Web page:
PHARMACY

Sanofi, Regeneron lower prices for Praluent

BY Sandra Levy

Regeneron Pharmaceuticals and Sanofi today announced that Praluent (alirocumab) will be available at a new reduced price of $5,850 annually. This is a 60% reduction from the original price, for both the 75-mg and 150-mg doses.

Praluent is a PCSK9 inhibitor, a class of injectable drugs approved in 2015. It is approved for use as an adjunct to diet and maximally-tolerated statin therapy for the treatment of adults with heterozygous familial hypercholesterolemia or clinical atherosclerotic cardiovascular disease who require additional lowering of LDL-C.

The new lower-priced Praluent is expected to result in lower patient out-of-pocket costs.

This follows an earlier announcement in March 2018, when Regeneron and Sanofi committed to lower the U.S. net price for payers in return for helping to reduce burdensome access barriers for appropriate patients.

“In 2018, we lowered the Praluent net price for health plans that were willing to improve patient access and affordability. While lowering the net cost to payers did improve access, seniors who were prescribed Praluent were often still unable to afford it due to high co-pay costs or co-insurance at many Medicare Part D plans,” Regeneron president and CEO Leonard Schleifer said.”Offering a lower-priced Praluent will help lower seniors’ out-of-pocket costs and thereby remove another barrier to receiving this important medicine.”

With the new lower-priced Praluent, most Medicare Part D patients are expected to pay between $25 to $150 per month, a potential savings of up to $345, depending on their insurance plan. Eligible commercial patients will continue to have access to copay assistance through MyPraluent.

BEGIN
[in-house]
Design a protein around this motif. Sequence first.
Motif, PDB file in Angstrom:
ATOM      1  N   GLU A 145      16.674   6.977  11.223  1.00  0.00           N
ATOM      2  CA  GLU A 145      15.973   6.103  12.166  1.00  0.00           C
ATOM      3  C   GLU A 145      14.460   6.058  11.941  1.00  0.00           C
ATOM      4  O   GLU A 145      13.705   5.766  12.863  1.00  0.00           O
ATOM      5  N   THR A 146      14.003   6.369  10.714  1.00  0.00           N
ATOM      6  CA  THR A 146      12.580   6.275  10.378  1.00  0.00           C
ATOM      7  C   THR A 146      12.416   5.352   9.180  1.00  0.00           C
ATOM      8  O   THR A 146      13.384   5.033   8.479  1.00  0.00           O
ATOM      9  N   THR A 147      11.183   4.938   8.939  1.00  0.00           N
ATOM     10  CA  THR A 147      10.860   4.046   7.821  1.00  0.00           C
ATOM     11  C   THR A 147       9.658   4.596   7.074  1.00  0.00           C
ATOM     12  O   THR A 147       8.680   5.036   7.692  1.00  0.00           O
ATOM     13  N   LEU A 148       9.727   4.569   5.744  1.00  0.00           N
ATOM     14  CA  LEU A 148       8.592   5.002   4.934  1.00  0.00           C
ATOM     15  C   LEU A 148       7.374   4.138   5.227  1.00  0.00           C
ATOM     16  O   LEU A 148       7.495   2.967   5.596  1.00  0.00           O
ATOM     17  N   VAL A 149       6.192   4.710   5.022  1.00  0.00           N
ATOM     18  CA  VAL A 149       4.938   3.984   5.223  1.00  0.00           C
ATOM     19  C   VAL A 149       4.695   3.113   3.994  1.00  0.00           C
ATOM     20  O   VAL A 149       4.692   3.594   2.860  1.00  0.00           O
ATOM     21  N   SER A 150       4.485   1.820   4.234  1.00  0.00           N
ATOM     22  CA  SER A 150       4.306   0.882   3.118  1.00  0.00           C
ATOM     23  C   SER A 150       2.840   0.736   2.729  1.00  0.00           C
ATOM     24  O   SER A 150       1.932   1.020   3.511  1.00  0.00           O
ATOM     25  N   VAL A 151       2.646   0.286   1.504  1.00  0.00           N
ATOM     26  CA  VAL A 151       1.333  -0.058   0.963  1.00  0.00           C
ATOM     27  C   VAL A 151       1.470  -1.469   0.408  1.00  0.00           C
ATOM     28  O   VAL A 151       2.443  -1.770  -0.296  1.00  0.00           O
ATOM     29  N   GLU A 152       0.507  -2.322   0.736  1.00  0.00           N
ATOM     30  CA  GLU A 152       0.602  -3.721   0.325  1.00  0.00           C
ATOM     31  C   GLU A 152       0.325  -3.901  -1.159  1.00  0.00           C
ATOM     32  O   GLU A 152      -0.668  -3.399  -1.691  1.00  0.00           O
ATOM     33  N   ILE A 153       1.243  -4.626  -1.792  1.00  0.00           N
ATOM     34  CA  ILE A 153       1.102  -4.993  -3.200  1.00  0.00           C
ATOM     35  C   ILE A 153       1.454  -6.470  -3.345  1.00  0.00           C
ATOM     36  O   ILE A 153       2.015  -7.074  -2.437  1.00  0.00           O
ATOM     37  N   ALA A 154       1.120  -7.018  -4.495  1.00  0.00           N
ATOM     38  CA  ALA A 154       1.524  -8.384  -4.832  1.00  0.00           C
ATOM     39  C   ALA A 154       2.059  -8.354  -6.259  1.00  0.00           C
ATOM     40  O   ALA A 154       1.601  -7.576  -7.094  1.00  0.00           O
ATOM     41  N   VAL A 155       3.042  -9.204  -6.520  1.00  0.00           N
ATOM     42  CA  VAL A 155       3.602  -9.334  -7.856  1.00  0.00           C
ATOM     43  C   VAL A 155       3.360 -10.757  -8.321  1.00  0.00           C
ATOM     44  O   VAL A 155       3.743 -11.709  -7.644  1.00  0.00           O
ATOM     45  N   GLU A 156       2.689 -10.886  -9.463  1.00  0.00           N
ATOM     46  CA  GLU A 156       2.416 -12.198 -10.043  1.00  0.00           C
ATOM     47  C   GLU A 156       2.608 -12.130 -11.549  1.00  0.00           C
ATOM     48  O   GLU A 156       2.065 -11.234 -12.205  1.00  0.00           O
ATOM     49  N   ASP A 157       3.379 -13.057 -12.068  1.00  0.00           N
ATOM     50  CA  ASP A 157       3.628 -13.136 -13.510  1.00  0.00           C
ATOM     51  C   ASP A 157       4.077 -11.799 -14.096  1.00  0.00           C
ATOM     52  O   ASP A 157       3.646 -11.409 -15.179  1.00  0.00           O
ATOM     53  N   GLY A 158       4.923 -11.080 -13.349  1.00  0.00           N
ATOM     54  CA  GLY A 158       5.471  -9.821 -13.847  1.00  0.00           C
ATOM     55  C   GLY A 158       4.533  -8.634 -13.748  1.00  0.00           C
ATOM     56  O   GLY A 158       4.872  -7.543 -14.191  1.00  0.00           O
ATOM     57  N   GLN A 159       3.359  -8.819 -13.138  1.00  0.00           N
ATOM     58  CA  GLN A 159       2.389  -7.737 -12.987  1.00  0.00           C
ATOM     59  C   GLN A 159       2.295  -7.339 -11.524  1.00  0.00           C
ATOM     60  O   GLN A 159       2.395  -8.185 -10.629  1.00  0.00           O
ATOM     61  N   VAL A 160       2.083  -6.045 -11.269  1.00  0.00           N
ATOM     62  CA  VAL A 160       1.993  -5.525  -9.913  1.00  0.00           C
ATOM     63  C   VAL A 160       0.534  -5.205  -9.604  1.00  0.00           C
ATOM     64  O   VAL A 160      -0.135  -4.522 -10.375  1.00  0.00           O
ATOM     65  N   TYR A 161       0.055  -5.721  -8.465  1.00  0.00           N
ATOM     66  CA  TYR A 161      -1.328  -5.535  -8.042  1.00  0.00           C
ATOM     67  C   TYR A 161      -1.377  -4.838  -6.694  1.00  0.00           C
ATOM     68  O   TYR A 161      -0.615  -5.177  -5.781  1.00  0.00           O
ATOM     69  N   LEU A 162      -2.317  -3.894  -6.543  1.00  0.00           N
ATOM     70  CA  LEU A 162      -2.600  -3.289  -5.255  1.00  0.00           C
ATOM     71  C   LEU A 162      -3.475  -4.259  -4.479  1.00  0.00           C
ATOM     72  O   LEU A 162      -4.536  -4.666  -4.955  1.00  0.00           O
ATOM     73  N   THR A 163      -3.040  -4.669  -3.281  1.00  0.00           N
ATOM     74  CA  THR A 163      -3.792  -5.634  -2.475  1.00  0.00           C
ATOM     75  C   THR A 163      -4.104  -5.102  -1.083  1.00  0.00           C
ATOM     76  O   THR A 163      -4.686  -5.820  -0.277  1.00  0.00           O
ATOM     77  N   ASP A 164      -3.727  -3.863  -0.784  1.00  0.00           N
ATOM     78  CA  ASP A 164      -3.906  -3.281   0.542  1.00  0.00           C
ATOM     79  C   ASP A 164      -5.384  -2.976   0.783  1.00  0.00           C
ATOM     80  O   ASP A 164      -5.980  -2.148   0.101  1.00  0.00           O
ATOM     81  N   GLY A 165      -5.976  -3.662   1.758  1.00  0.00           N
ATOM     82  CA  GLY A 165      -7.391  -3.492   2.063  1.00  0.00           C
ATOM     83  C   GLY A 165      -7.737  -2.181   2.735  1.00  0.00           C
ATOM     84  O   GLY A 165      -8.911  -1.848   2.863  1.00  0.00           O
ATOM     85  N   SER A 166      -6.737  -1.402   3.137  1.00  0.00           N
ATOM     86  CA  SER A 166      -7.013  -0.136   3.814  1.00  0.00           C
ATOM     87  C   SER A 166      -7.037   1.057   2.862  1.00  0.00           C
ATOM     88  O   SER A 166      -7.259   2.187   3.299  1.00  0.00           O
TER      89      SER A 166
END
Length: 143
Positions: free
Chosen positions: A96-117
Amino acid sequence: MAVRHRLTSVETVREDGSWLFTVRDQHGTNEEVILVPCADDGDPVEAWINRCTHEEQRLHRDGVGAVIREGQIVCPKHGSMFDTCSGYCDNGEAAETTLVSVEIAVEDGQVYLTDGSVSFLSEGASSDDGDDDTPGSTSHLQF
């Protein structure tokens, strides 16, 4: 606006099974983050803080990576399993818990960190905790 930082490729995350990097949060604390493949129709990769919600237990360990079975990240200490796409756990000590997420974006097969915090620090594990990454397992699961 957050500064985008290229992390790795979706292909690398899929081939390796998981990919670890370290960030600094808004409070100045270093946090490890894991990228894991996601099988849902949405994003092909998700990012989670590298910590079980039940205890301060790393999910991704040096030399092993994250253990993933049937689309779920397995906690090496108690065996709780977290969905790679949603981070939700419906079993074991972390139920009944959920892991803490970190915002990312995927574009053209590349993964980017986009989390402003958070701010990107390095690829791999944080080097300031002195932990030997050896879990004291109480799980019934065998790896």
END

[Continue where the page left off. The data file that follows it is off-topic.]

The company said that for illustrative purposes, this calculation of monthly savings (e.g., 2 Praluent doses) assumes a scenario where Praluent is on a specialty tier with 33% co-insurance and Praluent then moves to preferred brand tier co-pay of $25. Individual savings will vary according to plan.

“We were encouraged to see improvements in accessibility following our collaboration with payers last year to provide more straightforward, affordable access to Praluent, but only some patients had reduced out-of-pocket costs,” Sanofi North America head of primary care business unit Michelle Carnahan said. “With today’s announcement, we are looking to help bridge that gap, and have now made Praluent available at a price that is approximately 60% lower. We hope that payers will do their part to help ensure savings are directly passed on to more patients, through lower out-of-pocket costs.”

The new, lower-priced Praluent is expected to be available for pharmacies to order in early March, and the doses with the original list price will remain on the market at least through 2019.

Sanofi and Rgeneron aren’t the only PCSK9 inhibitor makers looking to make their drug more affordable. Amgen’s announced in January that all Repatha (evolocumab) device options are available at a 60% reduced list price of $5,850 per year.

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